Ex-Aide of Ney Avoids Jail, Gets Probation

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By Dan Eggen
Washington Post Staff Writer
Friday, August 17, 2007

A former Capitol Hill aide was sentenced yesterday to two years of probation but avoided jail time because of his unusual role in helping the FBI and the Justice Department convict his former boss, disgraced Ohio congressman Robert W. Ney (R).

William Heaton, 29, who worked for Ney for five years, was also ordered to pay a $5,000 fine as partial repayment for tens of thousands of dollars in gambling chips, overseas travel and other benefits that he admitted receiving because of the relationship between Ney and convicted lobbyist Jack Abramoff.

Heaton -- who was at one point the youngest chief of staff on Capitol Hill -- said before the sentencing that he is sorry for failing to "make moral, just choices and to serve our country honestly."

"My choices disappoint me greatly," Heaton told U.S. District Judge Ellen S. Huvelle in Washington. "American citizens should be able to trust those who work on their behalf. I violated that trust."

Both Huvelle and federal prosecutors credited Heaton's cooperation as crucial to the government's successful case against Ney, who resigned from Congress and is serving a 30-month sentence in federal prison in Morgantown, W.Va., after pleading guilty to corruption charges.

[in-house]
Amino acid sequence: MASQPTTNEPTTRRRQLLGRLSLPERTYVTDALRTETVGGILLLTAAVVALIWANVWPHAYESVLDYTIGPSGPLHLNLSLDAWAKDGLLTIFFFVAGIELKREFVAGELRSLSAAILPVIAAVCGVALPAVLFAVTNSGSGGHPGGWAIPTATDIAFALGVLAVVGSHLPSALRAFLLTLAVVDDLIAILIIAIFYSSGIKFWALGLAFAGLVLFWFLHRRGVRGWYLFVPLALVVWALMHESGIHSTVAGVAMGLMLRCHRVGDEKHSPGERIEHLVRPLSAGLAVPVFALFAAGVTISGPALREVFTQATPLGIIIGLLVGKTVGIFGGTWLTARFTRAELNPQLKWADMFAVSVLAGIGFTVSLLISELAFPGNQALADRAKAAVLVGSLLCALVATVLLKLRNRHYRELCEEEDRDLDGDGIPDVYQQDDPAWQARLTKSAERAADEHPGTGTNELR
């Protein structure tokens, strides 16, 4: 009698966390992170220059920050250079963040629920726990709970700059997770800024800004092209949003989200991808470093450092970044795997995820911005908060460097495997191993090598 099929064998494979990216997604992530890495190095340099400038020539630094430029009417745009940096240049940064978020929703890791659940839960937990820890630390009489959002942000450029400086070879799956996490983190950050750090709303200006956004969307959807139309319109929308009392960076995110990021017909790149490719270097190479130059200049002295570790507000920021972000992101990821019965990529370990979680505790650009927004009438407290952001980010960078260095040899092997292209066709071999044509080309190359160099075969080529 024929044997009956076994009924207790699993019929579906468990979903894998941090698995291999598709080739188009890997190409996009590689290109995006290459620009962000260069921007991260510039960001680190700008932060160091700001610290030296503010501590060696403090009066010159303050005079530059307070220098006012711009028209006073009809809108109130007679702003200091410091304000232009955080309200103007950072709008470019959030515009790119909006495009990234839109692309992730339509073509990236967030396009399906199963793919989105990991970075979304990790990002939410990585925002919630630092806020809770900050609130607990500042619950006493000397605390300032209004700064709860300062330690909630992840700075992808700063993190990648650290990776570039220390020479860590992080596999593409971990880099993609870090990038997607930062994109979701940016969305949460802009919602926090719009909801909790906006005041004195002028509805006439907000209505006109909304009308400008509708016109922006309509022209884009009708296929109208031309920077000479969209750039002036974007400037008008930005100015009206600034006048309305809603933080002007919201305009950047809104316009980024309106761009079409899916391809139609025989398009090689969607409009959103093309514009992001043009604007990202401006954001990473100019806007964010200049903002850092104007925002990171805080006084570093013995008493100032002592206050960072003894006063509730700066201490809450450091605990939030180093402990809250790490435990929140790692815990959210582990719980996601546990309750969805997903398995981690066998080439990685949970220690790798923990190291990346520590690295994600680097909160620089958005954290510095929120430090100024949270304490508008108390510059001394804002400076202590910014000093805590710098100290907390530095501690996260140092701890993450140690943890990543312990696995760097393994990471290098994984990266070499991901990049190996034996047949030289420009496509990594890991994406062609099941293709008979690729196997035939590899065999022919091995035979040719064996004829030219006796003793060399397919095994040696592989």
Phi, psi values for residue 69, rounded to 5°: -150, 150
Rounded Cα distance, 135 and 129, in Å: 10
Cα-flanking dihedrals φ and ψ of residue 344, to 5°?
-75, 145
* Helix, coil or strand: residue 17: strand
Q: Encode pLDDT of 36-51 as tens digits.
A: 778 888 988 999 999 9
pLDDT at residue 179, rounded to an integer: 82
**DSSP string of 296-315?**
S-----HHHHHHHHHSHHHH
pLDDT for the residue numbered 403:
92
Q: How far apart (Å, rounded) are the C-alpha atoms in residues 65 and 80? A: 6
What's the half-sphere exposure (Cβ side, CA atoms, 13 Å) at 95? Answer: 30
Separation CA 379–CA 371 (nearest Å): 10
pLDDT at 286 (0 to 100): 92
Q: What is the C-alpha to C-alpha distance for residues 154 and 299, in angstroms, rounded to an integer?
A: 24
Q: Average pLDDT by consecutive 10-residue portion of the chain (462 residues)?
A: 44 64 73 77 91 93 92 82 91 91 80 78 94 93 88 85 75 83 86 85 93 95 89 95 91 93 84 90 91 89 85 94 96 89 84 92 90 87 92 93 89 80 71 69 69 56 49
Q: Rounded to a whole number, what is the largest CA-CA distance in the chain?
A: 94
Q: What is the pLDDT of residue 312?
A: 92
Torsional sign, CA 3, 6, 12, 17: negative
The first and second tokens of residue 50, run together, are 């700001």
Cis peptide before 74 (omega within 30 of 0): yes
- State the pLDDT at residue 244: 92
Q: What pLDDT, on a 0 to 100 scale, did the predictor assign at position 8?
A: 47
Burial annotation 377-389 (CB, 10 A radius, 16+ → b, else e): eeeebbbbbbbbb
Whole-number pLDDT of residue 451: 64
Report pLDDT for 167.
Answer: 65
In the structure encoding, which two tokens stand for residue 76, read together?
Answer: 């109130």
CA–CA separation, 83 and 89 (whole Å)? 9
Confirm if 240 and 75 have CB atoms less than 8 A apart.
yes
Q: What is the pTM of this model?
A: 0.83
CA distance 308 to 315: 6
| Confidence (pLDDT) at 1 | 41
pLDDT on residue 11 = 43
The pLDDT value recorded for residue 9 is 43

Heaton taped numerous telephone calls and wore a hidden wire to a 2 1/2 -hour meeting with Ney as part of the broad FBI and Justice Department investigation of illegal activities by Abramoff. Prosecutors had recommended home confinement, but Huvelle said Heaton's cooperation "has gone beyond the usual."

"People don't generally walk around congressmen wearing a wire," Huvelle said. She ordered Heaton to serve 50 hours of community service per year during his probation.

Heaton pleaded guilty in February to conspiring with Ney and Abramoff in their corruption scheme, which included Ney performing official acts for Abramoff's lobbying clients between 2001 and 2004 in exchange for luxury trips, meals, sports tickets and gambling chips.


© 2007 The Washington Post Company

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